UPDATE at 12:35 p.m., ET, Jan. 17: Many of you wrote in to tell us you were taken aback by Whole Foods top executive John Mackey characterizing the health law as fascism in an NPR interview, and apparently, he's feeling a little sheepish.
About three minutes into his otherwise amiable chat with CBS This Morning hosts on on Thursday, Mackey walked back his comments in response to a direct question from Norah O'Donnell:
As someone who dines out a lot for work, I can tell you that barley doesn't appear on a whole lot of menus. And as a home cook, I can see how this grain maybe isn't perceived to be as sexy as farro, as healthy as quinoa or as versatile as oats.
But barley has a lot more going for it than being malted for beer or being dumped in a soup.
Facebook has launched a new feature that will let its users search for more detailed information across the social network. Soon, you'll be able to find the restaurants and TV shows your friends like or see every picture they've taken at the Grand Canyon.
As much as users may like the new features, the company hasn't exactly been a Wall Street darling. So, the new feature may be less about you and me and more about Facebook's bottom line.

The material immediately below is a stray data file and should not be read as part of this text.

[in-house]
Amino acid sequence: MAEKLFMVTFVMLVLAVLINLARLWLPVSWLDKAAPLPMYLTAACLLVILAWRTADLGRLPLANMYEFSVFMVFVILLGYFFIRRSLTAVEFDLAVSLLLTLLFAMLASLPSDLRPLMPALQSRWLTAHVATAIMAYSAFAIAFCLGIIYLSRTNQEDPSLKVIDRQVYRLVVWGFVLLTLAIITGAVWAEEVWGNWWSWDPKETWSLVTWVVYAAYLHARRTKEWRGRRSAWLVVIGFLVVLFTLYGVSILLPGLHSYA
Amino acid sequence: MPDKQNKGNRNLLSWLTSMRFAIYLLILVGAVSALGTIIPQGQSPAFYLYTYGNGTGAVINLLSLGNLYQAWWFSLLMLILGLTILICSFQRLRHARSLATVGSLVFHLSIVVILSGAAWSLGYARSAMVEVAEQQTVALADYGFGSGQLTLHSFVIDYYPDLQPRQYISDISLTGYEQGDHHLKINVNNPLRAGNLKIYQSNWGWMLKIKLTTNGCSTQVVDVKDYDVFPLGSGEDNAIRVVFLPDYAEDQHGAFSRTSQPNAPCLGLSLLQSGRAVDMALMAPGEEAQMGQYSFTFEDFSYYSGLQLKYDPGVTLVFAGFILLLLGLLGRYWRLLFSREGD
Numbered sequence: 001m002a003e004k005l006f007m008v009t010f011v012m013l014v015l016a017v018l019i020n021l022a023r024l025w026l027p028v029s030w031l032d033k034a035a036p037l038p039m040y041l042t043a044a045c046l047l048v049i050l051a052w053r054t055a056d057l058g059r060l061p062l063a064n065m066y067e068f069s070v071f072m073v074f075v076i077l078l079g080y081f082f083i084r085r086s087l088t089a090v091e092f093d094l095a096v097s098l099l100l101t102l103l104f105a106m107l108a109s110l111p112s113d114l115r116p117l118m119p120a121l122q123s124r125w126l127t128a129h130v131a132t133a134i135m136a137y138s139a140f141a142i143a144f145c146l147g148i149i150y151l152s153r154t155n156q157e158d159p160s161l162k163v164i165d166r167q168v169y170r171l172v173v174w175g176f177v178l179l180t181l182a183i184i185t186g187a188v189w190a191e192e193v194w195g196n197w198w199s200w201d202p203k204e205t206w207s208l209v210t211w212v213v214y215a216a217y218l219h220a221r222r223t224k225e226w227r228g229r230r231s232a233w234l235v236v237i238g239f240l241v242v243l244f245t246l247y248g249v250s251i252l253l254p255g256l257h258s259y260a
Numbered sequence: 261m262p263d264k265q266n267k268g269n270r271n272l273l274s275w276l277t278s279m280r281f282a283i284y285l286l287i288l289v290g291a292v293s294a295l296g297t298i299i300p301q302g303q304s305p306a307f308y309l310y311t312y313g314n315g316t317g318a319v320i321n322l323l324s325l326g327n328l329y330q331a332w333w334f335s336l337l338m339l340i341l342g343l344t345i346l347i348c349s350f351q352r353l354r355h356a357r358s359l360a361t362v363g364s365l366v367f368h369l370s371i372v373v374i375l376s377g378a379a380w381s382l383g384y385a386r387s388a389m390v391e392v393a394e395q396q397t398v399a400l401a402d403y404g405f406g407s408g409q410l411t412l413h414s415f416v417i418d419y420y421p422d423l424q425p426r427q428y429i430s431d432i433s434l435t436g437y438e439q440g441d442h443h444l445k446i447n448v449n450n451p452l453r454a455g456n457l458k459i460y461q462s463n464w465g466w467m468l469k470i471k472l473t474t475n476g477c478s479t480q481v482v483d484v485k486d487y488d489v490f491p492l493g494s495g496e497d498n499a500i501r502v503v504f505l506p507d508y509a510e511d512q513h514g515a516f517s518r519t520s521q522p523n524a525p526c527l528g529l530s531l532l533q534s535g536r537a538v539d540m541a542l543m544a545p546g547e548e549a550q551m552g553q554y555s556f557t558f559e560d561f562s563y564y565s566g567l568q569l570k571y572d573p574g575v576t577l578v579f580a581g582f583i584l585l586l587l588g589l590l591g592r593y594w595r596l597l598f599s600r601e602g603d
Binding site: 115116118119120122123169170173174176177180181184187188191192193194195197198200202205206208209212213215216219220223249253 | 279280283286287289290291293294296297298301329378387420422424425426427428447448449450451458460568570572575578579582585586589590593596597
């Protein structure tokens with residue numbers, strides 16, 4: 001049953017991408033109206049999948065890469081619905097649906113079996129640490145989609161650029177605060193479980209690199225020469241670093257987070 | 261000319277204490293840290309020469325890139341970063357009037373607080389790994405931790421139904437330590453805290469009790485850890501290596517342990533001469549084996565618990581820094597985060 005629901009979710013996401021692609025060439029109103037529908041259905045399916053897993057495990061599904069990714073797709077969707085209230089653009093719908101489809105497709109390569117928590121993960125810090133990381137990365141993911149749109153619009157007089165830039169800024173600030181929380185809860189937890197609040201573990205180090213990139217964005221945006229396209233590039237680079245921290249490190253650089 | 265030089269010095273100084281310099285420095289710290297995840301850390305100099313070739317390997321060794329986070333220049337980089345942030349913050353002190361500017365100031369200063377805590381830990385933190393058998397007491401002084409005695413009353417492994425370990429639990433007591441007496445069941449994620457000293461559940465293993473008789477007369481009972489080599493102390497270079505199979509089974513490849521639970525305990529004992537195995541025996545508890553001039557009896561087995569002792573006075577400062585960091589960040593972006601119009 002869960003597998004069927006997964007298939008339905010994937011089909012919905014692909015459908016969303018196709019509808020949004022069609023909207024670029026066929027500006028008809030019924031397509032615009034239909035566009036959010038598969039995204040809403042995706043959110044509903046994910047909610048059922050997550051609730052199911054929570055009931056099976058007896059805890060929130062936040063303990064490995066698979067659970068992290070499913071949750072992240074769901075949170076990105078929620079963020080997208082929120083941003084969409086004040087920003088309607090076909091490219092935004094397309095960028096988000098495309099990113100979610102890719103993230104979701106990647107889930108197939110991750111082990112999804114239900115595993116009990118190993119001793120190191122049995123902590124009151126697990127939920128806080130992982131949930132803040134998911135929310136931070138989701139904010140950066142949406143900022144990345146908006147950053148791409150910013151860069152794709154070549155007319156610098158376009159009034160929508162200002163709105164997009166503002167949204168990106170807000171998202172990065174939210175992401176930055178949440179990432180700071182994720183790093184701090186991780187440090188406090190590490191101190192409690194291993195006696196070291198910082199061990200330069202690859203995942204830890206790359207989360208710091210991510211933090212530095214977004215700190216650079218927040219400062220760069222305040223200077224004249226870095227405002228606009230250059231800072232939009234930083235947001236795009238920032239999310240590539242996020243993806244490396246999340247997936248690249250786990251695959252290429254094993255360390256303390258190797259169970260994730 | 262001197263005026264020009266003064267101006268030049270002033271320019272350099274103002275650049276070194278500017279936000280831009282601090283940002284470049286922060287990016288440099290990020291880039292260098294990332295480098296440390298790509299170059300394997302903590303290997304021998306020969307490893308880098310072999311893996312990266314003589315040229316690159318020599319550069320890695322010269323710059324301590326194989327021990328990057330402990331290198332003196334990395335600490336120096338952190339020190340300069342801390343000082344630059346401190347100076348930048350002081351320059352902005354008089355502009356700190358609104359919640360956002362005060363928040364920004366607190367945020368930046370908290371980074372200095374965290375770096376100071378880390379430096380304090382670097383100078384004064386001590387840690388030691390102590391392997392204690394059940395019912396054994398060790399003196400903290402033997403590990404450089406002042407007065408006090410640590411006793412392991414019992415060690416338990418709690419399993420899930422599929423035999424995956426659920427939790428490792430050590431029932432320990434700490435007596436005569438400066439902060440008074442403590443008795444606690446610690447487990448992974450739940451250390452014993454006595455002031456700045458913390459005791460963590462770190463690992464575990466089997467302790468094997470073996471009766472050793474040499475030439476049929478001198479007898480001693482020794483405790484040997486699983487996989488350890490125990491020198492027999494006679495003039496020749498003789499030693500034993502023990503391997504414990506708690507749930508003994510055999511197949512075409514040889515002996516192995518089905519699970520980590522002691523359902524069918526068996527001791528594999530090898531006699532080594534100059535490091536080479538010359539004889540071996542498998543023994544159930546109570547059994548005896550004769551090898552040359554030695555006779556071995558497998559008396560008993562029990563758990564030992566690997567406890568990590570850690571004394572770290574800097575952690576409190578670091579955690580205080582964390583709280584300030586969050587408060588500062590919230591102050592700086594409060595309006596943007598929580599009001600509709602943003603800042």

"It's about time," Nate Elliott, an analyst at Forrester Research, said about the new feature. "It should have been there all along."
The situation for Syrian refugees is getting dire. Much has been reported about the worsening conditions for hundreds of thousands of Syrians taking up shelter just outside the country's borders, but inside Syria, the numbers are even higher. The United Nations says some 2 million people have been displaced from their homes in Syria, and most of them end up squatting in mosques and schools. NPR's Kelly McEvers spent a night in one of those schools, in Syria's largest city, Aleppo, and sent this report.
Oakland Raiders wide receiver Darrius Heyward-Bey lies motionless after he was hit while attempting to catch a pass during a Sept. 23, 2012, game against the Pittsburgh Steelers. Heyward-Bey suffered a concussion and neck strain and spent the night in the hospital under observation.
This may sound far-fetched, but football reminds me of Venice. Both are so tremendously popular, but it's the very things that made them so that could sow the seeds of their ruin.
Venice, of course, is so special because of its unique island geography, which, as the world's ecosystem changes, is precisely what now puts it at risk. And as it is the violent nature of football that makes it so attractive, the understanding of how that brutality can damage those who play the game is what may threaten it, even as now the sport climbs to ever new heights of popularity.